This is right up my alley. I am a general surgeon in a practice of two who takes call every other night, every other weekend. I also cover the trauma pager 7-8 times a month. Most of my post call days involve attending to electively scheduled cases. All I can say is that I agree with the above findings. I do not need naps post call. I do not feel compromised by interrupted sleep. This is my life. I am a general surgeon. This is what I bought into all those years ago. Perhaps the paradigm and the expectations are changing. Perhaps the millennial generation of surgeons will see me as some sort of strange anachronistic oddity-- what the hell is he doing trying to operate this morning? I heard he only slept 4 hours last night???
ConclusionsPerformance of general surgery operations the day after an overnight in-hospital trauma shift did not affect complication rates or readmission rates. At this time, there is no compelling evidence to mandate work-hour restrictions for attending general surgeons.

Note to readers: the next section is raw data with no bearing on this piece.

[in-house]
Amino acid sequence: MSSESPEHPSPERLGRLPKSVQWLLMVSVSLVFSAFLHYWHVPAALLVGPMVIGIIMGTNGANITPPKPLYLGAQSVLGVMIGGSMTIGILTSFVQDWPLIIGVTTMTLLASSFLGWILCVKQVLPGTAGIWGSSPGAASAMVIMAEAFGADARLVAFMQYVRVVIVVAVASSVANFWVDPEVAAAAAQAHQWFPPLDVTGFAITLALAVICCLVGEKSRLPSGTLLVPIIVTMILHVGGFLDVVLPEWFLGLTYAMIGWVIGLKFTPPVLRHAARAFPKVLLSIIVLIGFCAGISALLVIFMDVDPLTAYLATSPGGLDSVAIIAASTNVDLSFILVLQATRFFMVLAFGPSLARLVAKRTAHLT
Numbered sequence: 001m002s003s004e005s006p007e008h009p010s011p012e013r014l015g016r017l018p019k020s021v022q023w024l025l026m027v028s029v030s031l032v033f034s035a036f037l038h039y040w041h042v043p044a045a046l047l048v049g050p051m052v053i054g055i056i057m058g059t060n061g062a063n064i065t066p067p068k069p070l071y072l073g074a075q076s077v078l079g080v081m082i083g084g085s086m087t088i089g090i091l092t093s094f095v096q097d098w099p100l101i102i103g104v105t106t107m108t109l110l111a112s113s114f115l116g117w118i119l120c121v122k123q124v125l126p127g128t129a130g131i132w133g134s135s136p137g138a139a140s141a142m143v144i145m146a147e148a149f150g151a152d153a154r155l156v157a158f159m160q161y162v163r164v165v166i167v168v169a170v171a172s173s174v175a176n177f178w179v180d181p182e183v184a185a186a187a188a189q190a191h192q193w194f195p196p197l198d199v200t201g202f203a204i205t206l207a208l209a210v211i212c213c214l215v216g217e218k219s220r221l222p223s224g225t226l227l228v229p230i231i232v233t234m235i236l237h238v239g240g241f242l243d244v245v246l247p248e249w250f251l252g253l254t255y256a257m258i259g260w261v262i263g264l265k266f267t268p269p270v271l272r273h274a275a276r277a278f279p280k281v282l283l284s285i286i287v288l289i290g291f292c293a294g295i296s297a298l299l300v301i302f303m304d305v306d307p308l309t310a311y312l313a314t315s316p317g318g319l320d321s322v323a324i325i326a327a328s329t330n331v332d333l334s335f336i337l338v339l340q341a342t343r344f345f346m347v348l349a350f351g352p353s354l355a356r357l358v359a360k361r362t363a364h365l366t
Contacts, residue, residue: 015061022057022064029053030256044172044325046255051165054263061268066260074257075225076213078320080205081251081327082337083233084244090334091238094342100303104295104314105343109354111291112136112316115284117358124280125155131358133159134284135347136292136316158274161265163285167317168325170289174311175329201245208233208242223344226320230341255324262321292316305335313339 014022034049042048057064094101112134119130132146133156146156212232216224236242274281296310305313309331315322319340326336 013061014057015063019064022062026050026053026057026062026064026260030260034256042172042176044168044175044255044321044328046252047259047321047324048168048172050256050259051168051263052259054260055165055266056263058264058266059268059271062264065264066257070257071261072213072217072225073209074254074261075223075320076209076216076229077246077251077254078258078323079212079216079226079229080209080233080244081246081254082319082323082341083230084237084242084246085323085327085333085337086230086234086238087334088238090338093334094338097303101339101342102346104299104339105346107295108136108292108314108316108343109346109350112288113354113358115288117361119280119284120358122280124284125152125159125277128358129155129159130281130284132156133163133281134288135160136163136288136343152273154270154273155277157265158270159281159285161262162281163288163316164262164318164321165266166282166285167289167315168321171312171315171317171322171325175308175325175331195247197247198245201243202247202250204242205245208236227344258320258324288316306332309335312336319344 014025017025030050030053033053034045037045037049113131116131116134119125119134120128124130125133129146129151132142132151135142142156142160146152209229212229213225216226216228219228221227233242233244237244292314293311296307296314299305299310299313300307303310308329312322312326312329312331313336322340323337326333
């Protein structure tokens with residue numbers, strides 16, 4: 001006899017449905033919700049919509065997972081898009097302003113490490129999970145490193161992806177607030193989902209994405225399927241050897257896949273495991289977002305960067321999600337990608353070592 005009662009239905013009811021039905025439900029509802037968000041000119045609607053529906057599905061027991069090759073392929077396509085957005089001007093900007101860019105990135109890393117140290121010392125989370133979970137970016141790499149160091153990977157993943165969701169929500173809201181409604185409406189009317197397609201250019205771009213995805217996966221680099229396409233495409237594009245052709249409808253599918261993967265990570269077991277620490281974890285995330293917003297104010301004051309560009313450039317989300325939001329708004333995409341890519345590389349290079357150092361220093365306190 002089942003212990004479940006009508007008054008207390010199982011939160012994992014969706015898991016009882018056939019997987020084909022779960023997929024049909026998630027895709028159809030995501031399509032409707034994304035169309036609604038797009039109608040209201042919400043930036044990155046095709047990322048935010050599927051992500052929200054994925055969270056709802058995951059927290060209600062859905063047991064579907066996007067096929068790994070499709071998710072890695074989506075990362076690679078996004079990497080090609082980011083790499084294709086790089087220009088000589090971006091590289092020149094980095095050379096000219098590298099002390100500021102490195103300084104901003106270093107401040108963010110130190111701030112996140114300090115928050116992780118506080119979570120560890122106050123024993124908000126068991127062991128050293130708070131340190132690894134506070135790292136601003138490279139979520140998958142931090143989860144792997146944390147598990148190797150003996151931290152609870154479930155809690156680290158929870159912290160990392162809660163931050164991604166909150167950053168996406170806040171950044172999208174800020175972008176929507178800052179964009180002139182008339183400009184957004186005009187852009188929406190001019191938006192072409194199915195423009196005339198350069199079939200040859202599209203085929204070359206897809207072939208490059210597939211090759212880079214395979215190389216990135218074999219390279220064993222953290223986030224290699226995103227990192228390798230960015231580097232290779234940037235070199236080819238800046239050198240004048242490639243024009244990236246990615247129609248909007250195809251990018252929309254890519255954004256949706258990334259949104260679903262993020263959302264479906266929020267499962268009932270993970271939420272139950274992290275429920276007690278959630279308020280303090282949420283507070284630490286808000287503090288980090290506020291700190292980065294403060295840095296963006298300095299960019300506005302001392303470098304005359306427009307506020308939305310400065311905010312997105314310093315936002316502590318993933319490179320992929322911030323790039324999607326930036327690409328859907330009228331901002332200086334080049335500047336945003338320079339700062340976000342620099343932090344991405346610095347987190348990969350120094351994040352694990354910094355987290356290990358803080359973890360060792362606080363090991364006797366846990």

Unfortunately the effects of such papers are doomed to fall on deaf ears. The wheels of change are grinding. Work hour reform is already entrenched at the residency level. Papers such as this have an ever diminishing audience. A generation of super-specialized, fellowship-heavy, shift work ingrained surgeons cannot comprehend what a paper like this even means. It's inexplicable, a relic from an expired era. The loss of an old ethic, a noble professionalism goes unacknowledged.
Everyone gets tired. The call comes in. The alarm goes off. It's time to rise again. You say to yourself: That patient needs me. Somebody loves him. This is what you are meant to do. Rise. Run the cold water across your face. Somebody loves her. It's time to work again. With all your heart and all your mind. Do your job. There is a transcendent joy for you too, if you just hang in there.....
Thats right, y'all are better than every other occupation that deals with life/death(is a Hernia really life/death?)...
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